nor even follow
ended a campaign, the consequence of which, we fear"
will be to embolden Ihe enemy, and perhaps tend to
bring them allies. II is said that six Indian scalps were
taken on the Tuchie, which, really, for the sake of hu
manity, vvc trust is incorrect. We are endeavoring to
punish the savage for his barbarities not to imitate
him. Capts. Thompson and Maxon, and Messrs. Riu
neahson, Purvis, and Olney, have been named to us as
having greatly distinguished themselves by brave und
serviceable acts.
Latent Intelligence. We arc Indebted to the po
liteness of Mr. McKinlay for the following items of
news, which we extract from a letter from Mr. Ogden,
dated le 13th inst., at Vancouver: '
I have only time to toll you that McArtiiur Is arrived,
All quiet at Walla Walla. Some of the Cayuses are
returning to their lands all wish for peace, 'ibe Little
Chief calls out loudly for it; staling, 'there has been
enough killed, and let us have no more fighting.' It is
said Joe Lewis and three Cay uses have gone to ihcMor
mons if so, be will never return. Ellis and all his
family are dead in all, 60 members. They died at the
Buffalo Plains. McBcan writes the navigation is free,
for boats no danger to be apprehended.
Under (atc of April 4lh, Maj. Magonb writes from
Fort Walers to Mr. Jennings, at the Dalles, as follows:
By express from Walla Walla we learn, that Ellis
is dead, and some GO of his men. This has cast a
withering bligbt'on our prospects with the Nez Perces.
They, we are informed, have bad a big feast with the
Cayuses, and Ihe supposition is, that they are disposed
lo lend their aid,
The Walla Walla chief looks upon us as his enemies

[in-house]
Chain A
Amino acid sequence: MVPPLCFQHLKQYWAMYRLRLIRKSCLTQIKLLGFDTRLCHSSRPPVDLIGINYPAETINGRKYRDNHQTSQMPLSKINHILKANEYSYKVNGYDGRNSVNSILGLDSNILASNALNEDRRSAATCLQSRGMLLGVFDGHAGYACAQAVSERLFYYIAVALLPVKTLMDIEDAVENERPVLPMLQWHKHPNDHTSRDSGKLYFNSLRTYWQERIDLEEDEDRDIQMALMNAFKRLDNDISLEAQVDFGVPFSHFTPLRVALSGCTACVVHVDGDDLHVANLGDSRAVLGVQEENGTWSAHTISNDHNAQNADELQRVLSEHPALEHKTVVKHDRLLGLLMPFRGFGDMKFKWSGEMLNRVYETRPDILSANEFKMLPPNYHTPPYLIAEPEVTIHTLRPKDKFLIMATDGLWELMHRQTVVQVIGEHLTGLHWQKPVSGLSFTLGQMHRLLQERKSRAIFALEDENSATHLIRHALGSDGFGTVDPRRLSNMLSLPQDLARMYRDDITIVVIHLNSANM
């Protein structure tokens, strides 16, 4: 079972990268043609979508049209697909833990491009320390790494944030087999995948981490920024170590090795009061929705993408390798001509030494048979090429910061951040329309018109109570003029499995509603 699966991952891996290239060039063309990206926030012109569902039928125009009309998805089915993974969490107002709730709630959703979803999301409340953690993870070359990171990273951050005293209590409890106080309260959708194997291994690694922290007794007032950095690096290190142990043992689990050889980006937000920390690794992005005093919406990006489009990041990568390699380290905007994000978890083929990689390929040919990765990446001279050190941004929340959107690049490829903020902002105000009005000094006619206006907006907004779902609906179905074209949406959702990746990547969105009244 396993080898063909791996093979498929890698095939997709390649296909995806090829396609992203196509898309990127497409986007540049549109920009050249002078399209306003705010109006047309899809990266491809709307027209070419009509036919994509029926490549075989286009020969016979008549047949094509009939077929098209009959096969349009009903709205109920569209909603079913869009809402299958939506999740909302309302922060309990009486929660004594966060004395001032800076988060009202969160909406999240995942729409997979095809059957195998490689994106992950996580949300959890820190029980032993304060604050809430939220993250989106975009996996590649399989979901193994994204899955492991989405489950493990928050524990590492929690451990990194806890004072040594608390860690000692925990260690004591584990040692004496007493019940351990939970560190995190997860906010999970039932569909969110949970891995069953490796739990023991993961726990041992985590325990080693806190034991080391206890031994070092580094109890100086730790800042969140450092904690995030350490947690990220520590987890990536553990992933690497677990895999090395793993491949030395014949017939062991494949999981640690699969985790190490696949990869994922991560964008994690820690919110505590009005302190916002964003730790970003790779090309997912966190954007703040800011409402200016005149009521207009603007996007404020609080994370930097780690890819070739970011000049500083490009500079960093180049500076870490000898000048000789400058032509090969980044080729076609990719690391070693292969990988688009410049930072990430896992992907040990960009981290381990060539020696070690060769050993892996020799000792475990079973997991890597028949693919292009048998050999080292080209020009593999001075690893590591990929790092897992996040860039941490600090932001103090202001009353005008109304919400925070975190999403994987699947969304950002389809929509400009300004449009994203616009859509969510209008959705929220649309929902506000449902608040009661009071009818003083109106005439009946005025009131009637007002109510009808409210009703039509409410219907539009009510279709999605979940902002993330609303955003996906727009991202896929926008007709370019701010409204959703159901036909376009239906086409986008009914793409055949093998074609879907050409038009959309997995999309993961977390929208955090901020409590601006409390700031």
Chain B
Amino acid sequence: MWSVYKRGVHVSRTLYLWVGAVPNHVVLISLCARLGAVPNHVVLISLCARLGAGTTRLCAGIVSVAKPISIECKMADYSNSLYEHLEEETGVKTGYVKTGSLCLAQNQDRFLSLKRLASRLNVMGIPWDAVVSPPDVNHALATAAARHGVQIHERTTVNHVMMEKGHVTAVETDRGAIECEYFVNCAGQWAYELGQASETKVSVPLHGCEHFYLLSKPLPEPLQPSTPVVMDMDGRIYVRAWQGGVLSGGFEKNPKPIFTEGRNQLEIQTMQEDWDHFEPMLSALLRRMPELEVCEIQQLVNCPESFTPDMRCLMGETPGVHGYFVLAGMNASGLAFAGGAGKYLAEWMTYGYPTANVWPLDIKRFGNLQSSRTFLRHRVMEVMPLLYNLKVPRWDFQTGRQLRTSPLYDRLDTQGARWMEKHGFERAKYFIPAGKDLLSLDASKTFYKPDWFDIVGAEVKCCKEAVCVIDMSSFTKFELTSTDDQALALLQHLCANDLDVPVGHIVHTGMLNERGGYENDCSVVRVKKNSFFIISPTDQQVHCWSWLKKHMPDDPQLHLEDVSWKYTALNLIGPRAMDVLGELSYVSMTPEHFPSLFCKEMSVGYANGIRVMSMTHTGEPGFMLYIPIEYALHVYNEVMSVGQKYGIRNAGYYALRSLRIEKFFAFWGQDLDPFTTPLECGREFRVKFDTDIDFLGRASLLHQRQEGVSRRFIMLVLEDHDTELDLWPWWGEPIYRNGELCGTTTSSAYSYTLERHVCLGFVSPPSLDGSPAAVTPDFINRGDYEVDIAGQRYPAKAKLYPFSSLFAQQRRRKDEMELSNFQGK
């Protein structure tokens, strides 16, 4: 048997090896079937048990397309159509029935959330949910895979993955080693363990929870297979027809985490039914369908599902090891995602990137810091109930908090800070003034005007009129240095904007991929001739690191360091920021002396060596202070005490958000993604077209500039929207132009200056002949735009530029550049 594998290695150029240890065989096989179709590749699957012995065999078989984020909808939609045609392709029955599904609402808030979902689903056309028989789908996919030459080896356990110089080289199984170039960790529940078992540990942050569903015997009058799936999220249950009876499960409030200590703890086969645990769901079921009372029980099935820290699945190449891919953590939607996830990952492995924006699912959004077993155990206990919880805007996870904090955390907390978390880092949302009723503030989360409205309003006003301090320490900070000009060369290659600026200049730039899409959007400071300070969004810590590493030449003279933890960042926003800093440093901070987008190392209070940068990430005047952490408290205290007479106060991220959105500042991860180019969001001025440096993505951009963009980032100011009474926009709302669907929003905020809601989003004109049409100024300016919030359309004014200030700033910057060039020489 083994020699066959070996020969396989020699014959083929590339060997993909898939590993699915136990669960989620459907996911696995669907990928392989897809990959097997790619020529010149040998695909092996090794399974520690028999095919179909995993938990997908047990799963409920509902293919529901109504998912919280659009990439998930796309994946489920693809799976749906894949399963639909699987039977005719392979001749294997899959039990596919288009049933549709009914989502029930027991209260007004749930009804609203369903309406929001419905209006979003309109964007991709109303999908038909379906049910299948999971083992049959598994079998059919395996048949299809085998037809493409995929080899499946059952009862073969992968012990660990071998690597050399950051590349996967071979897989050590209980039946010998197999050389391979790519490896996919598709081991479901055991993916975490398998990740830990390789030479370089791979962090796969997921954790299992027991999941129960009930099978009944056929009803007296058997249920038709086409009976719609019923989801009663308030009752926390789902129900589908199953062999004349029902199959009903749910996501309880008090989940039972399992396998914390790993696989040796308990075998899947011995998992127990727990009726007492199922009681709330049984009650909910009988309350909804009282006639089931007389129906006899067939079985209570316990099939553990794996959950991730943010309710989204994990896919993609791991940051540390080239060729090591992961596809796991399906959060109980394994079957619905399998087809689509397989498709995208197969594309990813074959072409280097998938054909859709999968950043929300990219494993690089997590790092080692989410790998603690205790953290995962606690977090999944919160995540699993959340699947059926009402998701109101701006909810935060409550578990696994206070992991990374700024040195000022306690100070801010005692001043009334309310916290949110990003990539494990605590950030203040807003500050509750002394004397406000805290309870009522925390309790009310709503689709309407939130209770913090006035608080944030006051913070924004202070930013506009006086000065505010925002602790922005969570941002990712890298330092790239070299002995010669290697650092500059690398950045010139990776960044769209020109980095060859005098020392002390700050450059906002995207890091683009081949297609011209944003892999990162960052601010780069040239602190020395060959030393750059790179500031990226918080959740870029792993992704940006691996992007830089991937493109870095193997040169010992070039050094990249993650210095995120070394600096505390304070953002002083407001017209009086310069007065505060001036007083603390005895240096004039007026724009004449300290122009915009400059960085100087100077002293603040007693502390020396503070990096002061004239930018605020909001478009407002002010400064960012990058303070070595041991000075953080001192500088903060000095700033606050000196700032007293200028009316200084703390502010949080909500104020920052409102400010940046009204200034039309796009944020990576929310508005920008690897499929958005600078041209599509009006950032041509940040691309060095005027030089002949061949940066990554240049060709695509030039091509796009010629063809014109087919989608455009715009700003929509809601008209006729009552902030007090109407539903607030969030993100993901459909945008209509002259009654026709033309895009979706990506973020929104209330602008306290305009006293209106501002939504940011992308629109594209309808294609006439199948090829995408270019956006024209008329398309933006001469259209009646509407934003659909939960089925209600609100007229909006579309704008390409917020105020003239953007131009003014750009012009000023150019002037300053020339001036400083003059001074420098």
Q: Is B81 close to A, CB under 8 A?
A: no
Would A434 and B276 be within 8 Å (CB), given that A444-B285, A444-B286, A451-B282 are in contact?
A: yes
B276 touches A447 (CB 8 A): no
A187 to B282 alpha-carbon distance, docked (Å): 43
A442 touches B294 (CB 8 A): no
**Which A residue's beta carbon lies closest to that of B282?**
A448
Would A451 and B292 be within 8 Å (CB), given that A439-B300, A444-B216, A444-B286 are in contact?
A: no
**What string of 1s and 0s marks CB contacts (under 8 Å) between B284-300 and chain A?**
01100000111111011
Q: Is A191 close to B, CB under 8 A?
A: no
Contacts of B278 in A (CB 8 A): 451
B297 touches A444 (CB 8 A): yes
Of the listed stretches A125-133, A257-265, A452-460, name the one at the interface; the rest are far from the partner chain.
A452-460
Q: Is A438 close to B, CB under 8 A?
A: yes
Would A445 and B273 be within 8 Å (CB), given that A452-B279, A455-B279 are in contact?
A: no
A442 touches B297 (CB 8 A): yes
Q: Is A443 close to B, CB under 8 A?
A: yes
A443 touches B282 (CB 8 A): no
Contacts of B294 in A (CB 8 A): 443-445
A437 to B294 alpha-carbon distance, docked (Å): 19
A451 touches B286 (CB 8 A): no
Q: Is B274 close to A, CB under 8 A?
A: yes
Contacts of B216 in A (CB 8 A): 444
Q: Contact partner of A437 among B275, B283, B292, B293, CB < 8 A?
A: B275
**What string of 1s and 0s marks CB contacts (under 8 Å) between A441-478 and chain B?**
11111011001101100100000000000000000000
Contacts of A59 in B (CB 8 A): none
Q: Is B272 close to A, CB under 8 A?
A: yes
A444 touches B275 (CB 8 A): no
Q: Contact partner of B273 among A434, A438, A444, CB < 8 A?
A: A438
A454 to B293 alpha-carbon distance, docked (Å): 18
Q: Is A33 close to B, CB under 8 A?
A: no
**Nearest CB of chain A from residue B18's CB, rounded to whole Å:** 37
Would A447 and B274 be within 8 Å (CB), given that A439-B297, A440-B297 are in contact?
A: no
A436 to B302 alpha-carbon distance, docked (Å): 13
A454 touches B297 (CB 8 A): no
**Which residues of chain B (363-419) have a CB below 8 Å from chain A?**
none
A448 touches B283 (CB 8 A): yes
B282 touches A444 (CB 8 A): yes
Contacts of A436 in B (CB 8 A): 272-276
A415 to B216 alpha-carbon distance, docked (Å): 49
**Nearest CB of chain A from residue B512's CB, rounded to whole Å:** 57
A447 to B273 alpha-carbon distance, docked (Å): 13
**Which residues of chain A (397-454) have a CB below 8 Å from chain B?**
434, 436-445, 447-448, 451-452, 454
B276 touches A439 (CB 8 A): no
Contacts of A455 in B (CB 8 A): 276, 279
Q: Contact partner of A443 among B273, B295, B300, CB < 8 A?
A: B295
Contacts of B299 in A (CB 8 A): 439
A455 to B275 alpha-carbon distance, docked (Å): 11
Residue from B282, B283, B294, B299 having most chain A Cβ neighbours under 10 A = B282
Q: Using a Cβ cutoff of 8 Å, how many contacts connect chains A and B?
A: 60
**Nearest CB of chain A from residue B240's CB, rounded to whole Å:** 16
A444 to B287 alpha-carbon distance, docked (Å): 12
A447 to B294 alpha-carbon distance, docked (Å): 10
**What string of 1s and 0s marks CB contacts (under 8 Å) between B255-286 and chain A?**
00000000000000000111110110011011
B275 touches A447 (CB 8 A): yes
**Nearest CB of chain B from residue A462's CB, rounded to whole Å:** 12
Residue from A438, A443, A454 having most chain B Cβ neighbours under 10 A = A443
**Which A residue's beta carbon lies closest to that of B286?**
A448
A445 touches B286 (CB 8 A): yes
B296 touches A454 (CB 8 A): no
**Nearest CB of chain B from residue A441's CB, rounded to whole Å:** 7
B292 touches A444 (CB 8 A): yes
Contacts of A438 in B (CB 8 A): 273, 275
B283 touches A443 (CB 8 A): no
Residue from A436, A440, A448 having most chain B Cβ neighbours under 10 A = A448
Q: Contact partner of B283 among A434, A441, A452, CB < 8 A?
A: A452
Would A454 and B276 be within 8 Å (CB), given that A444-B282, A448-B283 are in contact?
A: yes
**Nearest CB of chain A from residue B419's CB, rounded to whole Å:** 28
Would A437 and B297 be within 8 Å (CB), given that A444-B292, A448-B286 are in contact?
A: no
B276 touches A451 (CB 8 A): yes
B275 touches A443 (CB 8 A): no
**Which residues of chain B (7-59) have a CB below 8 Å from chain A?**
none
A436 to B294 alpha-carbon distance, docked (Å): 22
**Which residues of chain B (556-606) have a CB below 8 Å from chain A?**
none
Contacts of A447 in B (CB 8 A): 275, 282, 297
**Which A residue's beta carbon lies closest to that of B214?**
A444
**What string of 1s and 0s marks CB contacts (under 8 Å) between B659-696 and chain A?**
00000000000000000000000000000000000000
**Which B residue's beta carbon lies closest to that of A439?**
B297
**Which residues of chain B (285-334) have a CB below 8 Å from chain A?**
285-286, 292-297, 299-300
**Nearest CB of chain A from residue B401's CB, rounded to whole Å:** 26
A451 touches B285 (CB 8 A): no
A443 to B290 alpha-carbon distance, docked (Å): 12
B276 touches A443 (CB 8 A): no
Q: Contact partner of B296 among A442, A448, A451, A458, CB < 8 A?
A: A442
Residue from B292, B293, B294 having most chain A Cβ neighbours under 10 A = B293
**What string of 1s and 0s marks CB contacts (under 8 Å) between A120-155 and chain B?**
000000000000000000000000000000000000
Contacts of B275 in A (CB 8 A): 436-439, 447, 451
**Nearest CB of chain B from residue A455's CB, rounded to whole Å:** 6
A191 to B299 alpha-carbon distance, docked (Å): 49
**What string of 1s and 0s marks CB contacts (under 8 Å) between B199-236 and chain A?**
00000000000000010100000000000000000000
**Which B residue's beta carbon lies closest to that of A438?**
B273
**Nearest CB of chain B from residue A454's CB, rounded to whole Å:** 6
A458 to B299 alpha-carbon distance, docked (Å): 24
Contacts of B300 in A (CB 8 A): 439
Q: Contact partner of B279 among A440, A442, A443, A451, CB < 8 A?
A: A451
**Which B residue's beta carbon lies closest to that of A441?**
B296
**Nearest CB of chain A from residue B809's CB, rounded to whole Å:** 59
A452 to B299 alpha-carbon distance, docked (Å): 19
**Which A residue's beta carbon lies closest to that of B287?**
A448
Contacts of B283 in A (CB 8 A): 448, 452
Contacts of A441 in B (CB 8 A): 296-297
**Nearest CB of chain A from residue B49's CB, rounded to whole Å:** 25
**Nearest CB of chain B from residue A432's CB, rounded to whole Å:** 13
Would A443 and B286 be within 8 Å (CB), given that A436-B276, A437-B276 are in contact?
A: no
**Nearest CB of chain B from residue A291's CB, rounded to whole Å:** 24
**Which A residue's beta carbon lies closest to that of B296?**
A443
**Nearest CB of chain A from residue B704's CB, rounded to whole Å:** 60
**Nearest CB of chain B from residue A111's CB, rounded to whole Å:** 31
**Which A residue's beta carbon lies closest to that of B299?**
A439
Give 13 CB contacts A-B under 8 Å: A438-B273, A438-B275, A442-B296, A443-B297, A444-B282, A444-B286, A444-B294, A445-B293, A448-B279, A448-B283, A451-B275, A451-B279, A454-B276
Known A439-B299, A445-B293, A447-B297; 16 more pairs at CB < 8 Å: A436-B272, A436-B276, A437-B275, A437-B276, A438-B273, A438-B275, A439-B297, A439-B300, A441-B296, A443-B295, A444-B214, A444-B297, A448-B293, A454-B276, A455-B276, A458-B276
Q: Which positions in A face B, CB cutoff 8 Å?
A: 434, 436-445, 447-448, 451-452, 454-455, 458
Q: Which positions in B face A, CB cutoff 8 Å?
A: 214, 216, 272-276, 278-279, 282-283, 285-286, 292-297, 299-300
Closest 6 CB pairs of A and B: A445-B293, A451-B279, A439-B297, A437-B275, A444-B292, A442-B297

and if this should reach you before any party leaves
the Dalles, it might be well for Ihem lo come bv wav
of Umatilla, Mr. Taylor died on the 2Uh ull." Thi
wounded are generally doing well.
From a letter from Mr. Craig sub-agent for the Nez
Perces to the Superintendent of Indian Affairs, of the
same dale as the above, we obtain the subjoined:
The Indians appear unsettled the Walla Wallas
especially. The Yellow berpent says ho was lold that
his property should not be disturbed but they lake his
cattle and horses without asking for them. He says
be knows the Americans and their way of doing busi
nessbe asks the reason why bo should be deprived
of buying powder and ball: b0 is not a murderer but
if be is lo be deprived of such things he' does not know
what he may become. Ellis and GO of bis men have
died of Ihe measles, while in Ihe buffalo country. The
ballanpe.,of bis party have returned. It is not known
bqvv hay will apt. They say when they move camp
the Cayuses come and camp close to them, and they
cannol gel clear of them. Hvc Crows' is said lo be
with Joseph (chief of the Nez Perces) at Ibe point of
death. 'Tamsuckic' is in the Grand Round, on bis way
lo Fori Hall. Joe Lewis, with Toloquoit's 2 sons, have
gone lo get Ihe Mormons. The Young Chief,' Stickus
and others, are going into the mountains lo slay until
the war is over. The olber Cayuses are with the Pel
luces ami a few 'cultiis' Nez Perces, waiting for the
arrival of the Americans to fight them one time more,
and then leave for ilk!; buffalo country, and abandon
their own. Tb se reports come from V Valla' Walla.
' Wehiptuleek' has arrived there and delivered up nil
the goods, in his possession some horses, cattle, etc.
etc. sa)s he does not wish lo be an enemy lo the
while map,
Ass'l Quartermaster Goodhue writes from the Dalles
to the Commissary General, under date of theSlh inst.,
thai the appointment of Maj on Lee to the chief com
mand had given general satisfaction, lie says :